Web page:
I had heard of this term before, and it's use (or misuse) by constables and police around the globe to control difficult prisoners. I don't know when it actually was stopped.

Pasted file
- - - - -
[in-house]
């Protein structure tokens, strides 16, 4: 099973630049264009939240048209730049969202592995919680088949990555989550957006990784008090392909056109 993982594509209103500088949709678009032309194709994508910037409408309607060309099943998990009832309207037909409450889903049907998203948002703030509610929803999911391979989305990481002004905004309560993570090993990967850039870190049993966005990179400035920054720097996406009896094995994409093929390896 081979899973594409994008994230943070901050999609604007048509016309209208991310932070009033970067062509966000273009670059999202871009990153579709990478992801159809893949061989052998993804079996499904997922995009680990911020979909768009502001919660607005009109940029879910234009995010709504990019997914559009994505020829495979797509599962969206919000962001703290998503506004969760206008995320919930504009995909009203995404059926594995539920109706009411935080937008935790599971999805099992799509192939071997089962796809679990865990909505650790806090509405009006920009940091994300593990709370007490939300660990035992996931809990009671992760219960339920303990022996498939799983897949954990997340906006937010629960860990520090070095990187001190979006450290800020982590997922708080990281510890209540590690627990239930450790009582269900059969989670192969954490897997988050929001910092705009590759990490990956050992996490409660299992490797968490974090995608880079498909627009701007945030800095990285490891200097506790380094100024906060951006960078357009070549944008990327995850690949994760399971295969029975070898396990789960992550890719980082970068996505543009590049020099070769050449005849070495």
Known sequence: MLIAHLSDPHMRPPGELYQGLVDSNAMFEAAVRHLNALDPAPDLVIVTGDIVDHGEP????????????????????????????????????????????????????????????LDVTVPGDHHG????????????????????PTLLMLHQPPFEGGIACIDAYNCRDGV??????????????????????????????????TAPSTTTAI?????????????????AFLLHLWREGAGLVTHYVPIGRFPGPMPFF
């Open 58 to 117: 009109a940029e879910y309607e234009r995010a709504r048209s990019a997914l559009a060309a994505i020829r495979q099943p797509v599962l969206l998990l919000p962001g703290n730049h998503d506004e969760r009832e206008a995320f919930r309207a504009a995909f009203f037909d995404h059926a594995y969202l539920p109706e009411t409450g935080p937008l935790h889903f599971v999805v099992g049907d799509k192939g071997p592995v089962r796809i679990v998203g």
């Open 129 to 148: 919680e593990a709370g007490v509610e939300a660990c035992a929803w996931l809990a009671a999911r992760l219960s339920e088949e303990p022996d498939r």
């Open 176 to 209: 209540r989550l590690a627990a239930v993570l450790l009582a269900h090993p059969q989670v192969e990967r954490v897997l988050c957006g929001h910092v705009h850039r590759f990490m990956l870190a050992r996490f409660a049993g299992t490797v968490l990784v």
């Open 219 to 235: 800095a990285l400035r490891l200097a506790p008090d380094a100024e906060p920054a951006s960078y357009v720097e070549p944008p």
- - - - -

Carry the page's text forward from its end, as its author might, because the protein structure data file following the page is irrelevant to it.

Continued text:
Ironically, the only time that I recently saw a reference to it was in one of the spoofs of British writers done in "A Christmas Garland" by Max Beerbohm. His spoof of Kipling was a tale of a police constable finding a suspicious character on the roof of a local house, apparently trying to gain access by going down the chimney, and (despite the suspect Identifying himself as "Santa Clause), being arrested because the P.C. knows "there is no such thing as Santa Clause". He takes the terrified Father Christmas into custody, and a local witness yells, "Frog March 'im! For God Sake Frog March 'im!" The story ends that way. By the way, carrying out the Kipling spoof to it's limit, the story begins with a quote from "Police Barrack Ditties", like "Barrack Room Ballads", called "Trunch, Trunch, Trunchen does the Trick!"